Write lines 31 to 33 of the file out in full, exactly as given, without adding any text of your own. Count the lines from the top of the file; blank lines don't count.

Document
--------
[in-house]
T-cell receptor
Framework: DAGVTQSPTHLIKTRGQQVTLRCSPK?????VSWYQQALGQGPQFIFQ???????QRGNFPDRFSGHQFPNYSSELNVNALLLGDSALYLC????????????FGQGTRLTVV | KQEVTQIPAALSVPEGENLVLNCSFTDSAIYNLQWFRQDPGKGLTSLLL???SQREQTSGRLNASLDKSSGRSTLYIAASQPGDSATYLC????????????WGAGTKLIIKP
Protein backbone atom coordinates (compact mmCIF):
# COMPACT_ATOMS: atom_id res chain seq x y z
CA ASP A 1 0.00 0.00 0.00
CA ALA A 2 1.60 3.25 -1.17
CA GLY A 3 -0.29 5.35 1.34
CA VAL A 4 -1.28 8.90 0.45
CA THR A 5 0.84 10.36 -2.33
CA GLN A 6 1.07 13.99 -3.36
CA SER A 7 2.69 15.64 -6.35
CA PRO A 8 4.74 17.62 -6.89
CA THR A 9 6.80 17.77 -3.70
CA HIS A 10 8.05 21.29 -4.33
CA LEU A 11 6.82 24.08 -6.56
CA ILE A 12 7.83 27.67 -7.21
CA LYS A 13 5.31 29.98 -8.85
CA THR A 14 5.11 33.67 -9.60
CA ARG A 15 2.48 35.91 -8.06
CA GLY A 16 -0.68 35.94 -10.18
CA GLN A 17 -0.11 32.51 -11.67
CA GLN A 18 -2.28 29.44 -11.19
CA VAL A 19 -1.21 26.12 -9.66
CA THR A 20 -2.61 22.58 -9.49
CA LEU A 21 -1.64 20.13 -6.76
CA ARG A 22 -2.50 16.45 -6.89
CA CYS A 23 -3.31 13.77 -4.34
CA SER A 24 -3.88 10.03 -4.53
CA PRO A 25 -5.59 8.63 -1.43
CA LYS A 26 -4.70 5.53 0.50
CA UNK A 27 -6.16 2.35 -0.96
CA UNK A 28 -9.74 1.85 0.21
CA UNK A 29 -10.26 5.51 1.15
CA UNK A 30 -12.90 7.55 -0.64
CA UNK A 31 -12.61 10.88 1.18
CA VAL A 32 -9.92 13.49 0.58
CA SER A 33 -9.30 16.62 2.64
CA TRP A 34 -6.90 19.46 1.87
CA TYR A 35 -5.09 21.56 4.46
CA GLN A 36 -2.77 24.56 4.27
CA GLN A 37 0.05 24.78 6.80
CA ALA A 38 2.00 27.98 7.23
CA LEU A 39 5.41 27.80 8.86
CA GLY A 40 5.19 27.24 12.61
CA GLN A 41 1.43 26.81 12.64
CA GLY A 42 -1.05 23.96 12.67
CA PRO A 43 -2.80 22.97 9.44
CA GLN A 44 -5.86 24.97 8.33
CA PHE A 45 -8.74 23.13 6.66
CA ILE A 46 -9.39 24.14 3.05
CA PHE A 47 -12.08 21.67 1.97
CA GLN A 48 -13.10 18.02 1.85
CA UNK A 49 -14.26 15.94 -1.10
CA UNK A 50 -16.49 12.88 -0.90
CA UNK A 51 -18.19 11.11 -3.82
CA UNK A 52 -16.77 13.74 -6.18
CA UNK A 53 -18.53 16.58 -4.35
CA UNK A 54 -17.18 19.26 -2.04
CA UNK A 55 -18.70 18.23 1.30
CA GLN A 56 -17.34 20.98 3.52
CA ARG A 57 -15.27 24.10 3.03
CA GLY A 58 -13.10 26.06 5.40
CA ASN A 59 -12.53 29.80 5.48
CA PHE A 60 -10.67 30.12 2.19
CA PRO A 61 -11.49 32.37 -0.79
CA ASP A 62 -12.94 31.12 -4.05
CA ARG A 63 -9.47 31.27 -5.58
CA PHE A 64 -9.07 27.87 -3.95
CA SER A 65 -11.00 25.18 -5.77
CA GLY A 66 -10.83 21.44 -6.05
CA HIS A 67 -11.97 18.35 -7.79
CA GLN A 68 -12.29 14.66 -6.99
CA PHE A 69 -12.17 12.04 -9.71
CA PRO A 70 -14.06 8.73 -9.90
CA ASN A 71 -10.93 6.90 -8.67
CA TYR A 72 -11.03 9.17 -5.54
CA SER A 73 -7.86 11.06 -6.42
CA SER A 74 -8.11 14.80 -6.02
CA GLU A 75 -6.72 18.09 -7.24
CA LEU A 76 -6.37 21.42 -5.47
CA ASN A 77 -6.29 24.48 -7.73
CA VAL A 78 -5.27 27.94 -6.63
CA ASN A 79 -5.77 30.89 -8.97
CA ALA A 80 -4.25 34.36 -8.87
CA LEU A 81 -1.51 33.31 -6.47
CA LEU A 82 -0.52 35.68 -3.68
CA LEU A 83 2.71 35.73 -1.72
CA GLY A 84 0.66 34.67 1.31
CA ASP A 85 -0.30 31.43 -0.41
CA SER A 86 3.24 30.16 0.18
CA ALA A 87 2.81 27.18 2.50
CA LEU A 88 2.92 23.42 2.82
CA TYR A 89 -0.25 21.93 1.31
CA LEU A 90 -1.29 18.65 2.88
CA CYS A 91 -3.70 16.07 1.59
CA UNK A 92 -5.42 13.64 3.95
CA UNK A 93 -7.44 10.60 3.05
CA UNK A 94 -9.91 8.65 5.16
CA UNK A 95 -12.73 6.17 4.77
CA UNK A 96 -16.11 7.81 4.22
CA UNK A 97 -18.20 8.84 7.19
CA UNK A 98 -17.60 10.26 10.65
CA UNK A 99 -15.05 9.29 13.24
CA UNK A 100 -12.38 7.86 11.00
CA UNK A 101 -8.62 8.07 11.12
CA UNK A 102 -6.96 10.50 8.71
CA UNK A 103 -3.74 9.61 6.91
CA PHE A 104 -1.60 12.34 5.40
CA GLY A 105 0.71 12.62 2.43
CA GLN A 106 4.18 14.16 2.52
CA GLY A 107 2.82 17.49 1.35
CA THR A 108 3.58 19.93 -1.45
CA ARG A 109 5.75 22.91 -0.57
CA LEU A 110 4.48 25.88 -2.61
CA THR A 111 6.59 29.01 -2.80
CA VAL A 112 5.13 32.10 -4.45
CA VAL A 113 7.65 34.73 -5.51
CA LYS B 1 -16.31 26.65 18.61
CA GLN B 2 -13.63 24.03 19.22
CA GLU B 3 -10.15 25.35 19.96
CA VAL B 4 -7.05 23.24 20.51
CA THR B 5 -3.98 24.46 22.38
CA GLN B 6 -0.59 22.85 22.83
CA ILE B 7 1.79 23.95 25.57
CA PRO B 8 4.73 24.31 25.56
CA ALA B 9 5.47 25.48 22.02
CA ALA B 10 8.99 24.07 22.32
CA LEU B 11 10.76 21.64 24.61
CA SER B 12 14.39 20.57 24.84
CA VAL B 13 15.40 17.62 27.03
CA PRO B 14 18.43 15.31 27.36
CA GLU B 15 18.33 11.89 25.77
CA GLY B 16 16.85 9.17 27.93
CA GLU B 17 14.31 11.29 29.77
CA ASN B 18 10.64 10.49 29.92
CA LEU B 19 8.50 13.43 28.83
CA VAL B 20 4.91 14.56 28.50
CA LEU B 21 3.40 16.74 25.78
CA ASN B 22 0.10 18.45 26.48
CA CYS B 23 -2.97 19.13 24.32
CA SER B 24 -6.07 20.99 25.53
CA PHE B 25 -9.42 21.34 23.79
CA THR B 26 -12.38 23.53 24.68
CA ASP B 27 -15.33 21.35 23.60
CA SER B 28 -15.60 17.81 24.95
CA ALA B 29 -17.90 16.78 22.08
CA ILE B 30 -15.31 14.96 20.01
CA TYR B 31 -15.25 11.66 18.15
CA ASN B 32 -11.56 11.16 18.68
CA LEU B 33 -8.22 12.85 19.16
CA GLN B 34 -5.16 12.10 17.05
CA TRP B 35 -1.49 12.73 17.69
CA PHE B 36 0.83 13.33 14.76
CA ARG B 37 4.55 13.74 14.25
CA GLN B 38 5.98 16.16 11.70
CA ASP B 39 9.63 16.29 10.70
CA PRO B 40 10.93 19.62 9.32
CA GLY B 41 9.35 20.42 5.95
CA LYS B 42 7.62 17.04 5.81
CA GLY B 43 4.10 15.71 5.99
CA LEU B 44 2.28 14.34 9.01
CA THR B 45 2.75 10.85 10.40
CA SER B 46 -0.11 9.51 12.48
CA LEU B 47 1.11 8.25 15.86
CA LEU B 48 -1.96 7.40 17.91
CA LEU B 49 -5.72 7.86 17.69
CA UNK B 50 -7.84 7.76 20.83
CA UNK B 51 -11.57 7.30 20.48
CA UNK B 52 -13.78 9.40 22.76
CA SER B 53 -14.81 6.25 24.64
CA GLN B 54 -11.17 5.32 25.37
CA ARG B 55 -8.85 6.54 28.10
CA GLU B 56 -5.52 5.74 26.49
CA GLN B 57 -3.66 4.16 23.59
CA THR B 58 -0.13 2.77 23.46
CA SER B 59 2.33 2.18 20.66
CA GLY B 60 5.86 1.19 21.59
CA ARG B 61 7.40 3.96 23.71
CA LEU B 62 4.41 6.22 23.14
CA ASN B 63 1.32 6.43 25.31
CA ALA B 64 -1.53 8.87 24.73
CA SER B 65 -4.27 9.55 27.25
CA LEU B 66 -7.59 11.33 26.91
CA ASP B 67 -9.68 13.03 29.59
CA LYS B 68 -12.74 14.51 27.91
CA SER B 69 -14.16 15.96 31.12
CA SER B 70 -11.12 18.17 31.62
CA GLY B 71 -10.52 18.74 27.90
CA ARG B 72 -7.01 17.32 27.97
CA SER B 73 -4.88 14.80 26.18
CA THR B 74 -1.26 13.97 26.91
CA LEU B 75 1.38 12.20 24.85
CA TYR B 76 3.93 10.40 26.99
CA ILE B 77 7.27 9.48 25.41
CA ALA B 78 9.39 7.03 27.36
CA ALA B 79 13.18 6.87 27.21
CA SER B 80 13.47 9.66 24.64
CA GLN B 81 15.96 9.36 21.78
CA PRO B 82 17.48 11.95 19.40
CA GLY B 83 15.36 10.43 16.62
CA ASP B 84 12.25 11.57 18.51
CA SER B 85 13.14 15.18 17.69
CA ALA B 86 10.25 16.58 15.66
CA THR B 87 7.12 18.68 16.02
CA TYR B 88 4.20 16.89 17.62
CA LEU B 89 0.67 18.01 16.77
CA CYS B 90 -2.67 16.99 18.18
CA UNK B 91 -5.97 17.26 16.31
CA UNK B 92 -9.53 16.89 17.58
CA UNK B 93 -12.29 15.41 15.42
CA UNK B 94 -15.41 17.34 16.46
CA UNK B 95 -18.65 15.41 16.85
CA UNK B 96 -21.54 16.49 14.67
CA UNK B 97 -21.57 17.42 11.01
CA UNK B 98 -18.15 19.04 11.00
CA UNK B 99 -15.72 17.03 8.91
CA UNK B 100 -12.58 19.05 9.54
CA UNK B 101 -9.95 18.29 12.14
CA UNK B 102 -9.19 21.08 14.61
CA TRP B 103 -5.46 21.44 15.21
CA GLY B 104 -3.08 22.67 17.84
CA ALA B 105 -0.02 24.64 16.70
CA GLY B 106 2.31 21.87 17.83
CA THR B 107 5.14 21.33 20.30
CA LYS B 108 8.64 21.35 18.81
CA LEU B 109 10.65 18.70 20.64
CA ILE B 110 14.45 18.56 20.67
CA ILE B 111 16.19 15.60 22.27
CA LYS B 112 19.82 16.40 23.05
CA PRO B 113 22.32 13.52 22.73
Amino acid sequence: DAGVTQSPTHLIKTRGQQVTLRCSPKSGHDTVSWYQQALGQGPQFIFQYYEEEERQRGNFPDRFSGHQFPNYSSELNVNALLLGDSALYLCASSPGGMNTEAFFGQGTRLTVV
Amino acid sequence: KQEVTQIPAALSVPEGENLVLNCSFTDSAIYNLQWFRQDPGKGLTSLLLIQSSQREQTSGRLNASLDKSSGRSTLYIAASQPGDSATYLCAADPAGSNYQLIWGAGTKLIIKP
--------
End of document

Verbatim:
CA LYS A 26 -4.70 5.53 0.50
CA UNK A 27 -6.16 2.35 -0.96
CA UNK A 28 -9.74 1.85 0.21